First trimester screening involves blood a blood test and an ultrasound. The ultrasound measures the thickness of the baby’s neck called nuchal translucency. First trimester screening looks for an increased risk of down’s syndrome, trisomy 18, other genetic abnormalities, as well as some cardiac or other structural abnormalities. Unlike second trimester screening it does not test for neural tube defects. First trimester screening is done between 11-13 weeks.First trimester screening has a high false positive and false negative rate.
First trimester screening tests will not be able to tell for certain that the baby has a problem, abnormal test results suggest an increase risk of the problem tested for. The cut-off for “abnormal” results depends on the individual lab but is generally between 1/250 – 1/300. A risk of 1/300 means that if there are 300 abnormal test results, only one of the 300 children tested will actually have the problem. So in most cases the overwhelming number of positive tests are false positives. There can be false negatives as well. The detection rate for first trimester screening is generally about 85%. This means that 15% of babies with the disease being tested for will test as normal. So a negative first trimester screen is not a guarantee that the baby will not be effected by the problems tested for. Because firs trimester screening does not test for neural tube defects and has a relatively high false negative rate, second trimester screening is also done at 16 weeks. None of the abnormalities tested for are treatable. If the baby has one of these abnormalities the question then becomes whether a pregnancy termination is done or the baby is carried to term.
If a first trimester screen is abnormal, invasive testing is the next step in determining if the baby does indeed have the problem. This can be done in the form of a CVS (chorionic villous sampling) or an amniocentesis. CVS can be done right away when the test results come back, amniocentesis is not done until 16 weeks, about a month after the first trimester screen comes back. The advantage to CVS is that it can be done much earlier that amniocentesis. The disadvantage to CVS is a higher risk of causing a miscarriage, higher false positive and false negative results, the possibility that after the procedure is done the results cannot be ascertained, and it does not test for neural tube results. CVS is not available in all areas as fewer specialist have the skill required to do CVS safely than amniocentesis. The disadvantage of amniocentesis is there will be about a month wait from the time the abnormal test results are obtained to the time the amniocentesis results are obtained.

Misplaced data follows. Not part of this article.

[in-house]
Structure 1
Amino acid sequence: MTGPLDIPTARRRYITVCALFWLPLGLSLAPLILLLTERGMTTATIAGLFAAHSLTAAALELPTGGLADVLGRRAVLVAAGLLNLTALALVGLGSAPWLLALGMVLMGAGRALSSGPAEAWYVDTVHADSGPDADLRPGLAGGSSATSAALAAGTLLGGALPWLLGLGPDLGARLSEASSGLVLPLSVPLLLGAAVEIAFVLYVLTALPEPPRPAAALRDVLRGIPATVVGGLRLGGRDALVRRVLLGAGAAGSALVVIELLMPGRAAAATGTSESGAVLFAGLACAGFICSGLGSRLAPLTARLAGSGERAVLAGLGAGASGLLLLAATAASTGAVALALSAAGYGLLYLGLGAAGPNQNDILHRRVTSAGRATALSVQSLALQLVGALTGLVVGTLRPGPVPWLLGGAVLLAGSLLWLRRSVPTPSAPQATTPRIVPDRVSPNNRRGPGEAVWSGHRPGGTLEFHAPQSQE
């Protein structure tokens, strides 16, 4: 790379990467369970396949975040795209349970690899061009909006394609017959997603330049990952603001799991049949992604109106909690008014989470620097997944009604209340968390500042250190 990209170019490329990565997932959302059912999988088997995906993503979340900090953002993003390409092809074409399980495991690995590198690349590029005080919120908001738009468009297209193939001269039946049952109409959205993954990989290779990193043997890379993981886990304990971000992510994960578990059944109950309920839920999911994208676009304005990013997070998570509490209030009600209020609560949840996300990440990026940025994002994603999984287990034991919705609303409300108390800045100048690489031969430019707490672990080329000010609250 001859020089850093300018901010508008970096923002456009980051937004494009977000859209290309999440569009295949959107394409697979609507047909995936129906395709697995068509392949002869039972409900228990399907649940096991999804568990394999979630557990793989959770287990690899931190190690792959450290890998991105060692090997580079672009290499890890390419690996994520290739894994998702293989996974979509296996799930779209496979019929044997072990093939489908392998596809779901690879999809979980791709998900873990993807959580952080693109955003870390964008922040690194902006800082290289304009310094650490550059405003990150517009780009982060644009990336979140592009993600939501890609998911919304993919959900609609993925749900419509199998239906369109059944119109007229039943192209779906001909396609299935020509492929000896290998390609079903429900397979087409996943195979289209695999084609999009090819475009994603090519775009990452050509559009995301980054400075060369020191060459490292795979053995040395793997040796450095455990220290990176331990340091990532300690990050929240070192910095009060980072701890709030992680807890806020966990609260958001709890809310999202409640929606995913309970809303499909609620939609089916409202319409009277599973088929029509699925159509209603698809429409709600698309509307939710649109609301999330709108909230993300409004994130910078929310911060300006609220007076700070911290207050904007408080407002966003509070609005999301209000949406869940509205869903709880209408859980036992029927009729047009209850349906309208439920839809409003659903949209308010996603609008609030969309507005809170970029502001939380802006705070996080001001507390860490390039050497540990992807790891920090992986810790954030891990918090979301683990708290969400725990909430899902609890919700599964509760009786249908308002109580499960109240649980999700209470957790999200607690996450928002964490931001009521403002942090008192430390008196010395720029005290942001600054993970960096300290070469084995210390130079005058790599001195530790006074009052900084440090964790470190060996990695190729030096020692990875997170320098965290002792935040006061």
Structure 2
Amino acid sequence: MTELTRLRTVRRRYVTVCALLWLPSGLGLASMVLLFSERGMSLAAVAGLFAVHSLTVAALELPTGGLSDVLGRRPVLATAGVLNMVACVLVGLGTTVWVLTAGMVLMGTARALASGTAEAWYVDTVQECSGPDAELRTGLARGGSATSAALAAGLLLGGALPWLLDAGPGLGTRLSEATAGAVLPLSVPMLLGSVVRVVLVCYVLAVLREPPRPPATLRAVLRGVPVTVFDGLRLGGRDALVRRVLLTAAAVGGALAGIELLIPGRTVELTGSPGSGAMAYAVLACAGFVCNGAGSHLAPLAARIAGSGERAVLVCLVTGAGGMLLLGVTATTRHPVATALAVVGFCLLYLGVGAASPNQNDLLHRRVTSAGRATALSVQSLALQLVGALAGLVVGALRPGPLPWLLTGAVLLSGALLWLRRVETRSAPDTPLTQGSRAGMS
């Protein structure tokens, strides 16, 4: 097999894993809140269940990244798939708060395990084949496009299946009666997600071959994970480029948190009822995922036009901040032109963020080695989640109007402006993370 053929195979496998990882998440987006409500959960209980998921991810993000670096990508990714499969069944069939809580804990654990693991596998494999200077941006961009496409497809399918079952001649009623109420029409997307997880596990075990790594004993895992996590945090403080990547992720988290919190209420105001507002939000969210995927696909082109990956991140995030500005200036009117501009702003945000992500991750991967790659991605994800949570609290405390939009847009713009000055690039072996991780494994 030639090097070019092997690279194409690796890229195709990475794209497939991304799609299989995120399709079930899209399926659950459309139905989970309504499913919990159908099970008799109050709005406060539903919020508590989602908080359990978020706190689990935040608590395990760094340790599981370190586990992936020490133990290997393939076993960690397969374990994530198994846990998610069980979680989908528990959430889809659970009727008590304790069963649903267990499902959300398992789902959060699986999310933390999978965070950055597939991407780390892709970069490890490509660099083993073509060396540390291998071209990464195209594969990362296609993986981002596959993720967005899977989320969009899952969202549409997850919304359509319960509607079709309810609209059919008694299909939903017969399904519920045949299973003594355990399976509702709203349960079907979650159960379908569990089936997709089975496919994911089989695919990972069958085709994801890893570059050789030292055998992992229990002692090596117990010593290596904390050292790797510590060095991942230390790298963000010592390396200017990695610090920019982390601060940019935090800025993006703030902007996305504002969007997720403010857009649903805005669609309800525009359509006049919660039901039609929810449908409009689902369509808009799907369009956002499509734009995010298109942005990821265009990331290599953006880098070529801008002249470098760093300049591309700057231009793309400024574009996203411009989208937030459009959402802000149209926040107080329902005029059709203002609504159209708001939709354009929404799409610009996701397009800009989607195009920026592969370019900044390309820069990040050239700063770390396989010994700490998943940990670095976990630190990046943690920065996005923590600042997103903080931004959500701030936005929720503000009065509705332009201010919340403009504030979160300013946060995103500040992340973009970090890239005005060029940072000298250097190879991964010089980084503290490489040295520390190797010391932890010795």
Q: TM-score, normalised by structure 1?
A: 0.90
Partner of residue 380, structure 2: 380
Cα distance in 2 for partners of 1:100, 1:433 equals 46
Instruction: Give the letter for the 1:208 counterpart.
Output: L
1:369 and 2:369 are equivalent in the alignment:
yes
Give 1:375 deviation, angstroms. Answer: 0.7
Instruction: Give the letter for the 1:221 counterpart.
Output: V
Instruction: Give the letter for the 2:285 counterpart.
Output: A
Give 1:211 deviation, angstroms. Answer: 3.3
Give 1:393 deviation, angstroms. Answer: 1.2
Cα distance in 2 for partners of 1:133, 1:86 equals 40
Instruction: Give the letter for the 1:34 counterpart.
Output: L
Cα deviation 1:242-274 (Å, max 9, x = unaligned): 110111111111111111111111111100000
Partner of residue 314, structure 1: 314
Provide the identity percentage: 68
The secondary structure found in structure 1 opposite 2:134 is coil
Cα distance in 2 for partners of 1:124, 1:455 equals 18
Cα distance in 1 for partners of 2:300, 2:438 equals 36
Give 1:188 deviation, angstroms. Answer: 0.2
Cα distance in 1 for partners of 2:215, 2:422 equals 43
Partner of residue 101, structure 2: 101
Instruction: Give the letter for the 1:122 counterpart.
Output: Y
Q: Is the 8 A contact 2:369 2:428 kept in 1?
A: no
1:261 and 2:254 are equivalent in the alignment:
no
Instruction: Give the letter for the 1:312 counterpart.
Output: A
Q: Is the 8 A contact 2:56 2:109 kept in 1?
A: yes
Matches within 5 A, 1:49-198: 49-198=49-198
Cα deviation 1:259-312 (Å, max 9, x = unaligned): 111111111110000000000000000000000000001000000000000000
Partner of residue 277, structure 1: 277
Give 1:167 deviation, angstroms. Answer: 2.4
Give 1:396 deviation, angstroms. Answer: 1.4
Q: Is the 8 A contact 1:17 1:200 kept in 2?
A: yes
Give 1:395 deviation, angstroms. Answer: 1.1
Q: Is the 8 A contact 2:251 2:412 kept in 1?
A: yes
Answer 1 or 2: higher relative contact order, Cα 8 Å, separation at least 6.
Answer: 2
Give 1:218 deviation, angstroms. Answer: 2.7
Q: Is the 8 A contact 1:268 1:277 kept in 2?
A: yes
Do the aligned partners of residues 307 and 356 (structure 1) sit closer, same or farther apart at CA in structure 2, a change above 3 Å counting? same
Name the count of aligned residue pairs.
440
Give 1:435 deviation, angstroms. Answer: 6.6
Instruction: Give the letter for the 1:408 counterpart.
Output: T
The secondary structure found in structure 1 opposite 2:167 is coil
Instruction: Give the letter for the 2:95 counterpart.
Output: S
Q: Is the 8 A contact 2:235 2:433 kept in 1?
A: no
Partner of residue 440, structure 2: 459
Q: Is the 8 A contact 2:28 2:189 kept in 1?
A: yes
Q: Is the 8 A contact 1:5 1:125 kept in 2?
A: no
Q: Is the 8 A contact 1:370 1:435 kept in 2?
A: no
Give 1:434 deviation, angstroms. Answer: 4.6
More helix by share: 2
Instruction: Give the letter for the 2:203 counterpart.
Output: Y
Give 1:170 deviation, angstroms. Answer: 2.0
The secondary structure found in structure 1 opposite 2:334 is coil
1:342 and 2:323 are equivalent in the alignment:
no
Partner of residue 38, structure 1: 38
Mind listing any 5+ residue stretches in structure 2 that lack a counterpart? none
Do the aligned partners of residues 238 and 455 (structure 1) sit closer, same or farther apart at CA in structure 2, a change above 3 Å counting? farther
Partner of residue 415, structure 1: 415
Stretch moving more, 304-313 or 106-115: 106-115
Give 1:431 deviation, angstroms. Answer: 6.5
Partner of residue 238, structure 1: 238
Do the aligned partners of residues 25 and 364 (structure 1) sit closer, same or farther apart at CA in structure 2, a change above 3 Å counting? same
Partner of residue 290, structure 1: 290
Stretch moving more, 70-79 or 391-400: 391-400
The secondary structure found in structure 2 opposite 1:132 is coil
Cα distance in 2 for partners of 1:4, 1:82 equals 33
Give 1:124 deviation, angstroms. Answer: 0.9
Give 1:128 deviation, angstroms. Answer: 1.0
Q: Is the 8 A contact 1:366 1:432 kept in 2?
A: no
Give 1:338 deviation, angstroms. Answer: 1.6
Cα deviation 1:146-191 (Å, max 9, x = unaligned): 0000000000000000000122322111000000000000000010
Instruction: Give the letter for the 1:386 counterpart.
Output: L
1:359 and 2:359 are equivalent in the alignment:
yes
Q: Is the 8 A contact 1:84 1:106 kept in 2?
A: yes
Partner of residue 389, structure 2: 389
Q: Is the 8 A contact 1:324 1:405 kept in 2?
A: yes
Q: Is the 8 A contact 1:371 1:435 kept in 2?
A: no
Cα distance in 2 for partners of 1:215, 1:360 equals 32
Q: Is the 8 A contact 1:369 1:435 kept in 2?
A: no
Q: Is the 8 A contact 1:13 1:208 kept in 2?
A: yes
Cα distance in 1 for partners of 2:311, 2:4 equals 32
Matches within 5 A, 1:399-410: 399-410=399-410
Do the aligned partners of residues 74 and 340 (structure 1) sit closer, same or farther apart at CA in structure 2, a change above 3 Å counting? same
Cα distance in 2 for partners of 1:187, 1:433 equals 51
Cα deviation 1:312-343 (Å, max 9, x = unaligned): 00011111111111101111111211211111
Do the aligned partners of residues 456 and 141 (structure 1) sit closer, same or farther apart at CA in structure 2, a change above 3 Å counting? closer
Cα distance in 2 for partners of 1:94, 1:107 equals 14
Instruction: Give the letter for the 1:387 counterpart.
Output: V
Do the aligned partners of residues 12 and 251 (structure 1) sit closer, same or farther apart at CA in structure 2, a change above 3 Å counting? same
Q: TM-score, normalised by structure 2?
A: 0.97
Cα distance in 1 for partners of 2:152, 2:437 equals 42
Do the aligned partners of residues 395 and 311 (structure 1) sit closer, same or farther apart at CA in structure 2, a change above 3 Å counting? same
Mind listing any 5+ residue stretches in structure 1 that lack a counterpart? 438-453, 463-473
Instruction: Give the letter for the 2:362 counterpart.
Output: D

First trimester screening is not for everyone. First trimester screening may be valuable for patients that want to aggressively pursue potential genetic abnormalities as early as possible. For women who live in an area in which CVS is available there is the potential to find a genetic abnormality at the end of the first trimester or the early second trimester. For women that choose not to do CVS or CVS is not available, first trimester screening can cause a lot of anxiety while waiting a month to see if the baby is effected or not. My recommendation is to consider what you would do if the results come back abnormal, is CVS available, would you terminate the pregnancy if the baby is abnormal, would you do invasive testing that carries some small risk of miscarriage? These hypothetical questions are important to consider before having the testing done. If the results of the test are not going to change what you will do, the test may not be worthwhile. If you would act on the results of the test they me be more valuable.